In v.13 Paul and his companions meet Lydia and her heart is opened to accepting Jesus Christ. I like the setting; outside the city gate and down by the river. (I love rivers!) If prayer wasn’t such a significant part of the disciple’s lives, they might have missed the opportunity to present Jesus Christ to Lydia. This all happened as they were headed to a place of prayer. Think about that. God opened doors for the disciples to speak of Him and He opened the heart of Lydia and her household to receive Him. A beautiful picture of God using prayer to transform lives!

In v.16 Paul and company meet a slave girl who is demon possessed. She, with the help of this demon, has the ability to fortune tell. (There are such things as fortunetellers.) Apparently the demon inside her knows what is living inside of Paul (Holy Spirit). In sort of a comical scene, she follows them around for several days announcing to everyone who they are and what they offer (v.17-18). If you have a hard time seeing this as bothersome, imagine someone following you around for three days announcing to everyone who you are and what you do. In the name of Jesus Christ Paul commands (Greek = paraggello) the spirit to leave the girl. It does and she is free.

In v.25 Paul and Silas find themselves in jail praying and singing hymns. They ended up here as a result of Paul commanding the spirit to come out of the demon possessed slave girl (v.19). This led to false accusations, a flogging, and imprisonment. Not a happy way to end the day. Despite the fact that Paul and Silas were Roman citizens (v.37) and eligible for a fair trial, they took the beating and remained focused on God. As they are praying and singing in jail a violent earthquake shakes the entire place. All the prison doors fly open and everyone’s chains fall off. (Powerful symbolism for what God can do in us when we accept Him!) To avoid execution from the Roman government for allowing the prisoners to escape, the guard draws his sword to kill himself. But, before he can thrust the sword into his flesh, Paul shouts out to him. Strangely, no one has escaped and it appears no one wants to. The guard is moved to accepting Jesus Christ (he and his whole family).

Look at the role of prayer in Acts 16. Paul and his missionary companions are either on their way to do it or doing it when something miraculous happens. This makes me want to evaluate how much time I spend praying. How often am I headed to a place of prayer when God intervenes and someone’s life is changed forever? I’m embarrassed to answer that question. What an inspiring chapter in the book of Acts on prayer. Time to get you thinking about prayer.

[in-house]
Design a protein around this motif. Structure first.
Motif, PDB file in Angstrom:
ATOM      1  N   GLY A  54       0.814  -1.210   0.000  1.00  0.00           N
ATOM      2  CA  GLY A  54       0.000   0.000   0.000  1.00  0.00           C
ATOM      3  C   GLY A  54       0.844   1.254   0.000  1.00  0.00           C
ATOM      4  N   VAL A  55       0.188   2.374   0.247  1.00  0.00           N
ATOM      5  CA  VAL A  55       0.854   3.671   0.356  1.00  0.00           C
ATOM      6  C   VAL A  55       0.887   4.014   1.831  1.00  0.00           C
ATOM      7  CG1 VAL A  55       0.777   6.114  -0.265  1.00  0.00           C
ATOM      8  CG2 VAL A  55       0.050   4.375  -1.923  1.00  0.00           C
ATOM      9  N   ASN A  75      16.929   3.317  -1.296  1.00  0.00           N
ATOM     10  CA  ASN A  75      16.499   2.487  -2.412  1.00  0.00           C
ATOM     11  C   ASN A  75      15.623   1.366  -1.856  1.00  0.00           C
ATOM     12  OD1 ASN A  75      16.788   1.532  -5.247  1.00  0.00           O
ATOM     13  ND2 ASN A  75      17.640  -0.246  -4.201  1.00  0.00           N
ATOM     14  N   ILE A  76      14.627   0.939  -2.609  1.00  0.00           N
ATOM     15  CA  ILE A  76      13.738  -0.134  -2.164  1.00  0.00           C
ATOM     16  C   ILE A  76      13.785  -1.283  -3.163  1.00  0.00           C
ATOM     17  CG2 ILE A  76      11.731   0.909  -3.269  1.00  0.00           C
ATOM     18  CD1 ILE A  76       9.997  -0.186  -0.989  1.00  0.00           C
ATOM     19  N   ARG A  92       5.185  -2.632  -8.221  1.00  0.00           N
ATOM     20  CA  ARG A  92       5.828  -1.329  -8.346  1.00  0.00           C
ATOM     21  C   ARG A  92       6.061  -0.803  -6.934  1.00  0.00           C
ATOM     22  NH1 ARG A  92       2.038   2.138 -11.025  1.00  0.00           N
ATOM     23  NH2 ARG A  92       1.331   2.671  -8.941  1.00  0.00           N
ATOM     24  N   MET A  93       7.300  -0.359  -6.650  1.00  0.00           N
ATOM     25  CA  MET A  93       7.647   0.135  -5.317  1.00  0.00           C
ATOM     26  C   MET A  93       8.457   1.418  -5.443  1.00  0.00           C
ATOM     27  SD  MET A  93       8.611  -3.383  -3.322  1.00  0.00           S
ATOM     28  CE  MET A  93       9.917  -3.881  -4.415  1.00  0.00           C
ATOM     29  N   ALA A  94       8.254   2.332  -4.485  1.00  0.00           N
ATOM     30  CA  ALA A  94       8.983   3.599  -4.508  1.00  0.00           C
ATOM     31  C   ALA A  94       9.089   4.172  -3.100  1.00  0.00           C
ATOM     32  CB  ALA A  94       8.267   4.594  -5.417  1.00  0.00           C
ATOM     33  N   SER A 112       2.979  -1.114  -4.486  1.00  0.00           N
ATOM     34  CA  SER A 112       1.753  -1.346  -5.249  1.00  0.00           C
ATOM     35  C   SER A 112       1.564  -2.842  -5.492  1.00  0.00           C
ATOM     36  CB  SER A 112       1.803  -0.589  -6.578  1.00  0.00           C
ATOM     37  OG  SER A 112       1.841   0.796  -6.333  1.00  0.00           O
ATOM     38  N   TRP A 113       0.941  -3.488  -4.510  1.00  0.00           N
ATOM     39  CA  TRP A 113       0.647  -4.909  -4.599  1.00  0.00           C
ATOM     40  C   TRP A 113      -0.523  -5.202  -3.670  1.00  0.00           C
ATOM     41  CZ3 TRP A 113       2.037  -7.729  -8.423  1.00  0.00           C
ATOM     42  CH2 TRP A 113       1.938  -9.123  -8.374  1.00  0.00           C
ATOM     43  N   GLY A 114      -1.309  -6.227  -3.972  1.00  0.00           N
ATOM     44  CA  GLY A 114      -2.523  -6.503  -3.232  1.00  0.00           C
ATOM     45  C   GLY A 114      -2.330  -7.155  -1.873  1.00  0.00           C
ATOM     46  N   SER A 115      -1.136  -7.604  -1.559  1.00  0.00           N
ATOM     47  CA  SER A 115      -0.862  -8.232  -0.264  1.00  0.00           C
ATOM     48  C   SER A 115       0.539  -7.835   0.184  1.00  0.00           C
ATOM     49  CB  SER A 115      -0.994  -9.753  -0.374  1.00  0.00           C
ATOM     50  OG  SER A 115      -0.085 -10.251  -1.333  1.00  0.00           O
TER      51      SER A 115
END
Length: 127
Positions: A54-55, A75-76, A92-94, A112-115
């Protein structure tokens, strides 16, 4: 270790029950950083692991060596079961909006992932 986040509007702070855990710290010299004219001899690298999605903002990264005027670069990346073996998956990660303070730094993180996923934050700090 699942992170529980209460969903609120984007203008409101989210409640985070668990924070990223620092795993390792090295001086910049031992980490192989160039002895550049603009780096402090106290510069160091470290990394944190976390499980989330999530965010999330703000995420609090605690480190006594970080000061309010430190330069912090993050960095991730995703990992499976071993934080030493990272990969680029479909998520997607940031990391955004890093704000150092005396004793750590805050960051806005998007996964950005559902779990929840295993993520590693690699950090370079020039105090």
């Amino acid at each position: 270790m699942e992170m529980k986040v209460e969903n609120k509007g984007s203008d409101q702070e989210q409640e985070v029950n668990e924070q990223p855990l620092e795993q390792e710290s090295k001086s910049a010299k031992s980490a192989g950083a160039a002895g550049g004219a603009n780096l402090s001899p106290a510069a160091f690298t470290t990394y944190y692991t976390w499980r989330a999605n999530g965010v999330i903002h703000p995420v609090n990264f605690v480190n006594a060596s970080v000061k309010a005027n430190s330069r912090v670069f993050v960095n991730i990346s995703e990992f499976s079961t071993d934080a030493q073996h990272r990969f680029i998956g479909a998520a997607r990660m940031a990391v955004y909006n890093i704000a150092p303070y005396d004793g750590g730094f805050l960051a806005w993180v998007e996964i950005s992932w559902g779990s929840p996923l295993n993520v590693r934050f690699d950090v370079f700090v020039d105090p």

- How important is prayer to you?
- How important should prayer be to the Church?
- What percent of your time during the week is spent praying?
- Can a lost person be saved and come to Jesus without someone first praying for them?
- Any other thoughts you would like to share on prayer?

Thursday, April 06, 2006

No! You can't preach Jesus! (Acts 16)

Acts 16 whisks us away with Paul and his companions on a second missionary journey. An immense journey taking them into Macedonia. (Modern day Greece. Where the disciples end up (Philippi) is located slightly to the southwest of kavala.) Paul recruits a young man by the named of Timothy to help out and he teaches him the ropes of spreading the Gospel (he’s discipling him). The author of Acts (Luke) also joins them (v. 10). But, something rather bizarre happens at the beginning of their journey. They are told by the Holy Spirit to not preach the word (v. 6-8).

What? Don’t tell someone about Jesus the Christ! Don’t tell someone about the life He offers! Don’t tell someone about the King of Kings and Lord of Lords! Don’t tell someone about eternity in Heaven! I admit I read this passage slightly perturbed and confused. I thought we were supposed to preach and tell others about Jesus. You could go anywhere and do anything as long as you were intent on preaching Jesus Christ to others. And now I’m reading in God’s Word that the Holy Spirit told Paul not to preach Jesus to a certain group of people. Do you find this confusing?

This passage weighs heavy on people with the mentality that says, “I can do whatever and go wherever I want as long as I’m willing to tell others about Jesus.” This chapter in Acts is an in your face reminder that the Holy Spirit is our guide.

Listen to the words of Jesus: 13But when he, the Spirit of truth, comes, he will guide you into all truth. He will not speak on his own; he will speak only what he hears, and he will tell you what is yet to come. (John 16:13)

What does a guide do? I do a lot of fishing. I have one of the greatest fishing guides ever and if it weren’t for him, I would be clueless at fishing. (Thanks dad!) He knows when and where the fish will be. He knows what baits to use and not to use. He knows the best times. He knows the best spots. He knows the rivers and how to navigate them successfully without tearing a hole in the boat. He has experience and he shares that with whom he guides. I’m better off because of him. A guide makes us better.

I use this example to illustrate how the Holy Spirit guides us. He leads us, makes us aware of things we might not normally see, and he keeps us on his intended path. And He really is a know it all! John 16:13 gives ample proof that we are to be followers of God. We don’t pave the way and ask God to follow us. We’re supposed to do the opposite. So, for any of you do-it -yourselfers out there who think God will just get on board with your plans, think again (and read Acts 16). He has asked us to follow Him. We may not fully understand the specifics of His ways and why He does what He does, but that doesn’t mean we can’t be a follower of Him. God wants people who are willing to be used and led by Him. I hesitate to write that because we see “being used” as purely negative in our culture. But, God uses us for good. He uses us to build His Kingdom.

Look at the good things that occurred as a result of God changing Paul’s plans and Paul letting God use him:
- Lydia, a wealthy dealer in purple cloth, from the city of Thyatira accepts Jesus Christ. She and her household were baptized. (v.13-15)
- A demon possessed slave girl was freed from the demon possessing her. (v. 16-18)
- Prisoners hear and witness the awesome power of God. (v.25-28)
- A jailer and his household accept Jesus Christ. (v. 29-33)

And to think, all of this happened as a result of these early disciples yielding to God’s leading. Followers led by a Guide (Holy Spirit). The above action takes place in the Roman city of Philippi. A major trade center between the Aegean and Adriatic Seas. The Church at Philippi was a strong Church. Paul writes a letter to them (the book of Philippians) calling them saints and commending them in their hard labor for the spread of the Gospel (Philippians 1:1-8). God uses us for good.

Any thoughts on this?
Does this remind you of any experiences you’ve had with the Holy Spirit?
What do you think about God using us?
What do you think the world thinks about God using us?
*Out of my own curiosity: Why do you think Paul and his companions were kept from preaching in Asia and Bithynia?